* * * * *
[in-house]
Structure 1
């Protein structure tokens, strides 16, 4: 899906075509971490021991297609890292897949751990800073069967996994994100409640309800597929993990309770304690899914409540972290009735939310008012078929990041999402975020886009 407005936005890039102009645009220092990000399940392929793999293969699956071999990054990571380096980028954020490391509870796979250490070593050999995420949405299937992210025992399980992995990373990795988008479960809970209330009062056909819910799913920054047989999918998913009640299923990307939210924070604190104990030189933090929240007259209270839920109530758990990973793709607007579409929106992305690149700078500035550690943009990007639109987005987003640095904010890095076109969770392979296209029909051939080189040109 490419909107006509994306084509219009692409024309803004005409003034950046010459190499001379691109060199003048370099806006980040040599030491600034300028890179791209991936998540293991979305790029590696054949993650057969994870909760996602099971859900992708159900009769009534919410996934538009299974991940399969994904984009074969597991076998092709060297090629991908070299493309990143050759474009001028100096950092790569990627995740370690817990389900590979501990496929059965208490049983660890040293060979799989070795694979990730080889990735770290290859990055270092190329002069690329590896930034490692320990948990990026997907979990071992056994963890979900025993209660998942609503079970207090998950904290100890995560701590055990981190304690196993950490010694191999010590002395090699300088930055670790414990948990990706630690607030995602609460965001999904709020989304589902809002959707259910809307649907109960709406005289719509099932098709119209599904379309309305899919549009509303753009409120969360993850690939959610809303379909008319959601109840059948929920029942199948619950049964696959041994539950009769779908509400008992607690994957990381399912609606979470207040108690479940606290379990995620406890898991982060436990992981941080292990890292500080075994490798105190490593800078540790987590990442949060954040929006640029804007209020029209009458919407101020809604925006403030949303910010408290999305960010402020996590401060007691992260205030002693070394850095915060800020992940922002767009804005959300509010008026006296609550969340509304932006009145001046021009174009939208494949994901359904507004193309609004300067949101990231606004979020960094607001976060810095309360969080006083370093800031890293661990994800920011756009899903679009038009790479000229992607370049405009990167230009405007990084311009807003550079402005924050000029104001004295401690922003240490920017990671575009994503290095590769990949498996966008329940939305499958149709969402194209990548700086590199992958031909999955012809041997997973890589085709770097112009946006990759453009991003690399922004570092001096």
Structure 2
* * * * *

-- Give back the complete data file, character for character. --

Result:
[in-house]
Structure 1
């Protein structure tokens, strides 16, 4: 899906075509971490021991297609890292897949751990800073069967996994994100409640309800597929993990309770304690899914409540972290009735939310008012078929990041999402975020886009 407005936005890039102009645009220092990000399940392929793999293969699956071999990054990571380096980028954020490391509870796979250490070593050999995420949405299937992210025992399980992995990373990795988008479960809970209330009062056909819910799913920054047989999918998913009640299923990307939210924070604190104990030189933090929240007259209270839920109530758990990973793709607007579409929106992305690149700078500035550690943009990007639109987005987003640095904010890095076109969770392979296209029909051939080189040109 490419909107006509994306084509219009692409024309803004005409003034950046010459190499001379691109060199003048370099806006980040040599030491600034300028890179791209991936998540293991979305790029590696054949993650057969994870909760996602099971859900992708159900009769009534919410996934538009299974991940399969994904984009074969597991076998092709060297090629991908070299493309990143050759474009001028100096950092790569990627995740370690817990389900590979501990496929059965208490049983660890040293060979799989070795694979990730080889990735770290290859990055270092190329002069690329590896930034490692320990948990990026997907979990071992056994963890979900025993209660998942609503079970207090998950904290100890995560701590055990981190304690196993950490010694191999010590002395090699300088930055670790414990948990990706630690607030995602609460965001999904709020989304589902809002959707259910809307649907109960709406005289719509099932098709119209599904379309309305899919549009509303753009409120969360993850690939959610809303379909008319959601109840059948929920029942199948619950049964696959041994539950009769779908509400008992607690994957990381399912609606979470207040108690479940606290379990995620406890898991982060436990992981941080292990890292500080075994490798105190490593800078540790987590990442949060954040929006640029804007209020029209009458919407101020809604925006403030949303910010408290999305960010402020996590401060007691992260205030002693070394850095915060800020992940922002767009804005959300509010008026006296609550969340509304932006009145001046021009174009939208494949994901359904507004193309609004300067949101990231606004979020960094607001976060810095309360969080006083370093800031890293661990994800920011756009899903679009038009790479000229992607370049405009990167230009405007990084311009807003550079402005924050000029104001004295401690922003240490920017990671575009994503290095590769990949498996966008329940939305499958149709969402194209990548700086590199992958031909999955012809041997997973890589085709770097112009946006990759453009991003690399922004570092001096």
Structure 2